The Best Books to Keep You Entertained This Winter According to Our Writers
Treat yourself to a literary feast this winter with our writers' favourite books, novels and non-fiction.
Much like the great parma or parmi debate of the 21st century (it's parma, by the way), books can be a great divider. You've either not opened a novel since it's become a voluntary activity post-high school, or you have a delicately balanced pile of reading stacked on your bedside table at all times.
If your reading has fallen to the wayside lately, winter is the perfect time to treat yourself to some new literary feeds. Whether you're looking to top up your Jenga pile of books or looking for a treat to reignite your love of lit — here are some of the best books, novels and non-fiction to keep you company through winter, according to our writers.
MELANIE COLWELL: Branded Content Editor, published her first book in Year One which was available for loan from the school library
You could call me crazy for recommending a book that follows a worldwide pandemic right now. Read the room, right? But in a sort of twisted way, it makes you realise that even though things have been pretty shit over the past 18 months, they could be a lot worse. Like, wiping out half of the world's population worse. In this tale, the fast-acting virus infects 90 percent of the male population — yes, even newborns and children — and it's 97-percent lethal. It's told through a series of all-female, first person narratives, from the doctor who first diagnosed the virus but was dismissed and labelled "hysterical" to the scientists desperately racing to develop a vaccine and the governments trying rebuild society when, thanks to the ol' patriarchy, the majority of the workforce is gone. This unsettling novel forces you to face a very loaded conundrum: what would life really be like without men?
ELLEN SEAH: National News & Features Editor, hates pineapple on literally anything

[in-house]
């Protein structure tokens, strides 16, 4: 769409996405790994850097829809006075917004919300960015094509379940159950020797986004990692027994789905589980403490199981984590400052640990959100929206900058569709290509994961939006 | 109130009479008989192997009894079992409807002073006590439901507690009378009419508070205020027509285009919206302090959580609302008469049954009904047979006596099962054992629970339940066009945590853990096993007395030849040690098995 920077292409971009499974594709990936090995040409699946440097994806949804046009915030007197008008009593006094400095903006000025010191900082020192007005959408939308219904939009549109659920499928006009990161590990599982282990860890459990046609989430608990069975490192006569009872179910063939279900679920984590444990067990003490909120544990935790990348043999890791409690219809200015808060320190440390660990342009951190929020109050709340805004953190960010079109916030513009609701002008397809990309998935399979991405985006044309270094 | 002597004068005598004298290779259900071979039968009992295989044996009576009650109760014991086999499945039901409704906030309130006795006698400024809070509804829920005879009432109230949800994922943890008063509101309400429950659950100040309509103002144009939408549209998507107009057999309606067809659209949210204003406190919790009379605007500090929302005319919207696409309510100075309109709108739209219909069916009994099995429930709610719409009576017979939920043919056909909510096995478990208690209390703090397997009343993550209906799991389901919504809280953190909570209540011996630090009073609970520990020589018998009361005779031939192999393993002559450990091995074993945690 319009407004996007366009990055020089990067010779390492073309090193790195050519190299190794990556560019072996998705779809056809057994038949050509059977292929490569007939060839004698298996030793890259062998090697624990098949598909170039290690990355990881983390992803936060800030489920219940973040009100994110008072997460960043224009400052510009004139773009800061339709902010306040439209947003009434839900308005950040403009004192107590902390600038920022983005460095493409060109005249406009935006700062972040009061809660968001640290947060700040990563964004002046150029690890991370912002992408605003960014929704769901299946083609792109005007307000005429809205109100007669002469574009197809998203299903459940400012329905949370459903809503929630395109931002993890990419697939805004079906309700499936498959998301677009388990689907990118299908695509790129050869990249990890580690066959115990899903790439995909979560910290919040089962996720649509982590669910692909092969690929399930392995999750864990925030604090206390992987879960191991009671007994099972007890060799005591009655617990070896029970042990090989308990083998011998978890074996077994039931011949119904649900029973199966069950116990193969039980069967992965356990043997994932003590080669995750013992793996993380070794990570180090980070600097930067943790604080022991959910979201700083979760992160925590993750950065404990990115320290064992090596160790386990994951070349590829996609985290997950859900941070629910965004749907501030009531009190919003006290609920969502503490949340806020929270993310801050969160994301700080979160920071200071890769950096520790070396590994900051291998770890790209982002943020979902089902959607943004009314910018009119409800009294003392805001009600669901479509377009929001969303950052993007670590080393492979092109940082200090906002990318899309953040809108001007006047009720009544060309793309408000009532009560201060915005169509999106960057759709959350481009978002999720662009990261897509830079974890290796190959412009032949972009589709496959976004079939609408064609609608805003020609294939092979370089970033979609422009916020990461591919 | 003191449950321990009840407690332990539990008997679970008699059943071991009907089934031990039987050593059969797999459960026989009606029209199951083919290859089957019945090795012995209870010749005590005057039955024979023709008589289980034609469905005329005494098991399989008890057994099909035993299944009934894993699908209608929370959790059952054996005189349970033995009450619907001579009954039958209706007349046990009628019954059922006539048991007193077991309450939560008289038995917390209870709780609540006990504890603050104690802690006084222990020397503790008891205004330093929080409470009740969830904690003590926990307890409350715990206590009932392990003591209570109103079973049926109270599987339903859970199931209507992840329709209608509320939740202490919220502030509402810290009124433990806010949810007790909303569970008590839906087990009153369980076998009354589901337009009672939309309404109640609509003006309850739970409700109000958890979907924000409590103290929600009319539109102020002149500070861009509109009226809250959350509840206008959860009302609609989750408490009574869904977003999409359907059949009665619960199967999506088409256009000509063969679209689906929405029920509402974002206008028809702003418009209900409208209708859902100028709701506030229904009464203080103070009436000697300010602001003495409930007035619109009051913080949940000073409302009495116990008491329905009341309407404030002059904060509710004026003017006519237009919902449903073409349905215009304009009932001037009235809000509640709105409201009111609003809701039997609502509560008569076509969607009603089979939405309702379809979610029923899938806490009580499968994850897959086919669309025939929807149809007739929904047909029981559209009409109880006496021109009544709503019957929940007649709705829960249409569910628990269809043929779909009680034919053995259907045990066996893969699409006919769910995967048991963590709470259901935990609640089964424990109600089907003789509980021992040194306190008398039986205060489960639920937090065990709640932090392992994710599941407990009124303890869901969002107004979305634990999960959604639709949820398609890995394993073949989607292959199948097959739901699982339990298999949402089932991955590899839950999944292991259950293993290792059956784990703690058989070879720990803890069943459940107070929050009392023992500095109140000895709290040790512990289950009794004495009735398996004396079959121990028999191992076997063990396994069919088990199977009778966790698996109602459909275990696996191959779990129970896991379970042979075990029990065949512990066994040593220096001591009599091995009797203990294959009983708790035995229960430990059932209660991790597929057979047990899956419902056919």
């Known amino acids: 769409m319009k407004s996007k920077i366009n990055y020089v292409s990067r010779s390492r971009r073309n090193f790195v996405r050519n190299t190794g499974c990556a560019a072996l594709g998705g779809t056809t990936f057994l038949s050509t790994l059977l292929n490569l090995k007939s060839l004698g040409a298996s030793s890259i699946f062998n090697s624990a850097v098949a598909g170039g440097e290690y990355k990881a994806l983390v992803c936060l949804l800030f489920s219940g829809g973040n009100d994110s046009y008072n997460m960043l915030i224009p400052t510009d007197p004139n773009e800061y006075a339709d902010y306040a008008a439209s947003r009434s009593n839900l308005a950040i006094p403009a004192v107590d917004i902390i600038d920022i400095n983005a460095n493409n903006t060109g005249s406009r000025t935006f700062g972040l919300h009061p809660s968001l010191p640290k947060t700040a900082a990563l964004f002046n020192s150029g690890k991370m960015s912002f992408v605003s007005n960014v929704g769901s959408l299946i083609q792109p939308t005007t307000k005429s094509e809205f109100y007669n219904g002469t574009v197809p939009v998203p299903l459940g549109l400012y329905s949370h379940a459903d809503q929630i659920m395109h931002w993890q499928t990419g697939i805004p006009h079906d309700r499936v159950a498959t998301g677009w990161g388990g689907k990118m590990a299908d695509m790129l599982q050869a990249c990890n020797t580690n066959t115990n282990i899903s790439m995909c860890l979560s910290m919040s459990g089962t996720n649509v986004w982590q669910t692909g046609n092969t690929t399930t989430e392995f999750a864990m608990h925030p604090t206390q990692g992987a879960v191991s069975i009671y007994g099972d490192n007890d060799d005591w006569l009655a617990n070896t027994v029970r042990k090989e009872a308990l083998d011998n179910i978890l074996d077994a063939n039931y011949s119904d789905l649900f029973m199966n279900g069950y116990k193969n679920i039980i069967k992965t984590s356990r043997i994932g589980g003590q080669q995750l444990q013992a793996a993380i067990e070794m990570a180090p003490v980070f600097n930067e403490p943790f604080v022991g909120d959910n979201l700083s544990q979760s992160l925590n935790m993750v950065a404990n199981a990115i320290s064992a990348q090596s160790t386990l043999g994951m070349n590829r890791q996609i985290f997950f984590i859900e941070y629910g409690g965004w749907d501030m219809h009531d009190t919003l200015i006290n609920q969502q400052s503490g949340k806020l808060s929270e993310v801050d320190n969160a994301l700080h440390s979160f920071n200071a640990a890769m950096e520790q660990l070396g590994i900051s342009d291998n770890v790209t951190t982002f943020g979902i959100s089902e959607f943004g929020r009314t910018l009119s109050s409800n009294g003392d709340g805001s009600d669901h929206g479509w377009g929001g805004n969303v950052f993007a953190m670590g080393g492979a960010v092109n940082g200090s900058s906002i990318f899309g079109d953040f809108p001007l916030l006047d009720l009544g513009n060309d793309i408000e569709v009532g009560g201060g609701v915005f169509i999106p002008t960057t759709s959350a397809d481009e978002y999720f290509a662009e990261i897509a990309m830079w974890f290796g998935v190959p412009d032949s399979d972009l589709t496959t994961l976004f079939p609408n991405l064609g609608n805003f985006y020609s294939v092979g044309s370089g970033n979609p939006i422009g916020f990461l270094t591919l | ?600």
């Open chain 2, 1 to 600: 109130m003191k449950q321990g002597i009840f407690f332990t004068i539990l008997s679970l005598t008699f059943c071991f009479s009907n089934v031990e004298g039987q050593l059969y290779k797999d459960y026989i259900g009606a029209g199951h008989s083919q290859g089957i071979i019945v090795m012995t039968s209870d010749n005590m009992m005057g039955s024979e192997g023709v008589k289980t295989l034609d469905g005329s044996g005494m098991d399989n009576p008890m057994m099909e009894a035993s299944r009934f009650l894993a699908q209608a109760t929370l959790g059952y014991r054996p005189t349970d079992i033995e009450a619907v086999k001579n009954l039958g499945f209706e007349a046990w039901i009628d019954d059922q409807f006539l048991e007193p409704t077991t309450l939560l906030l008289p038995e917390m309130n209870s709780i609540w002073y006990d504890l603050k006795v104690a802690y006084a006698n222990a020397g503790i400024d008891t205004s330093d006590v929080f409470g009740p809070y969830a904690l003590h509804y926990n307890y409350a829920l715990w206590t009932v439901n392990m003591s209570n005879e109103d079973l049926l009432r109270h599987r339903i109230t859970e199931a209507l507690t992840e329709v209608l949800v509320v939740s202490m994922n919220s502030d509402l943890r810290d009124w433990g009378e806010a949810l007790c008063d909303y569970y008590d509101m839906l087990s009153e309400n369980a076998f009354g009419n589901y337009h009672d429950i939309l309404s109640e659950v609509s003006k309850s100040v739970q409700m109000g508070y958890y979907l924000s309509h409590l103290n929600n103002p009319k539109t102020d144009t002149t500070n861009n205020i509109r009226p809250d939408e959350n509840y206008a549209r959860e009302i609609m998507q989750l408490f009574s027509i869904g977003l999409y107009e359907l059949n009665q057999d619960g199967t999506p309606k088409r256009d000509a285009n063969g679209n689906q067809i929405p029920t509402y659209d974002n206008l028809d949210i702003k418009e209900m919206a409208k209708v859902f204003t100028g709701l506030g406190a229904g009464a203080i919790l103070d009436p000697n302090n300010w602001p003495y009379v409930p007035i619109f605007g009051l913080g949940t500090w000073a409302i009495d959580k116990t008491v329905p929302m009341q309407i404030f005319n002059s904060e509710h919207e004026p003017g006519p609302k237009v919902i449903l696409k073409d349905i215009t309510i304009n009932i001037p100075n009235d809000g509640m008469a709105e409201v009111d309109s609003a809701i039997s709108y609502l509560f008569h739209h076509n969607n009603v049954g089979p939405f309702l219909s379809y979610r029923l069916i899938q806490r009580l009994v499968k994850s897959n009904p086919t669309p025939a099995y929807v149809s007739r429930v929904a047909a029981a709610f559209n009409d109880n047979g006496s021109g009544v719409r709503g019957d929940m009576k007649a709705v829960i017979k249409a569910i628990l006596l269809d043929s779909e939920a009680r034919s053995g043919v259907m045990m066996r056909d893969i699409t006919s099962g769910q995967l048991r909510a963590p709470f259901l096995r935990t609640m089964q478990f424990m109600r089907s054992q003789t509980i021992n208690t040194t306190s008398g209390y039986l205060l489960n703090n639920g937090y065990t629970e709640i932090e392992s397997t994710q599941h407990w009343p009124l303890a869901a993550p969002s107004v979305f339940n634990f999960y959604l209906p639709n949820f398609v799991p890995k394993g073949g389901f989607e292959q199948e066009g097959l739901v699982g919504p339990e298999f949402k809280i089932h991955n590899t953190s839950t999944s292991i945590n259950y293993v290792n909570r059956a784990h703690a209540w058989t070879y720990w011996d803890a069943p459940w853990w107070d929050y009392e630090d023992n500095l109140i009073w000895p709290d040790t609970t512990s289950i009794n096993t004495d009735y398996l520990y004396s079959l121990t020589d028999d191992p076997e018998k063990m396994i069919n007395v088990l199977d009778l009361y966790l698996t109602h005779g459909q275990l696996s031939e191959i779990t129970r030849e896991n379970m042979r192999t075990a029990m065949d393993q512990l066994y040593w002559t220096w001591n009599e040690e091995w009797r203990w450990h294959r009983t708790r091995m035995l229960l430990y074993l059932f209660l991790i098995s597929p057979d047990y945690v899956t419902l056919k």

I'm the type of person that has anywhere between three to five books simultaneously on the go. My housemate thinks it's moderately unhinged, but each to their own, right? The Lost Man is written by the same author as The Dry, which was recently released in cinemas starring the gorgeous Eric Bana. Out of her written works, I find that The Lost Man has a much more enthralling setting and character nuance compared to The Dry. It's still set in outback Australia and revolves around brothers Nathan and Bub Bright who meet for the first time in months after their middle brother is found dead. Promise that's not a spoiler. I also always come back to All the Light We Cannot See by Anthony Doerr, which won the Pulitzer Prize for Fiction in 2015. It centres around a blind French girl in occupied France during World War II. Finally, A Little Life by Hanya Yanagihara is not a quick, or an easy read. But, it is one of the few novels I've inhaled — haggling away hours usually dedicated to sleep — in order to finish it. It's a 720-page commitment, based on a deceptively simple premise: it follows the lives of four friends and their relationships through and after college.
SARAH WARD: Associate Editor, has been on both Japanese and German television
Every time he adds a new project to his resume, Quentin Tarantino takes something he loves — usually a genre of film, or several — and serves up his own distinctive version. The inimitable filmmaker clearly adores novelisations, so that's where he's branched out next. He obviously has a heap of affection for Once Upon a Time in Hollywood, too, so he's turned his last movie into his first-ever book. On the page, the novel doesn't merely stick to the script, however. It changes details, takes detours and adds in plenty of film history. It shifts its focus and delivers commentary on the feature's storyline, too. In its style, it sounds and flows exactly as you'd expect of a QT book; his way with words, and with dialogue especially, easily translates to the page. Reading the novel feels a bit like spending time with the director, in fact, while also getting a big dose of nostalgia — as anyone who spent too long as a kid reading novelisations of their favourite movies will completely understand.
Published on July 14, 2021 by Concrete Playground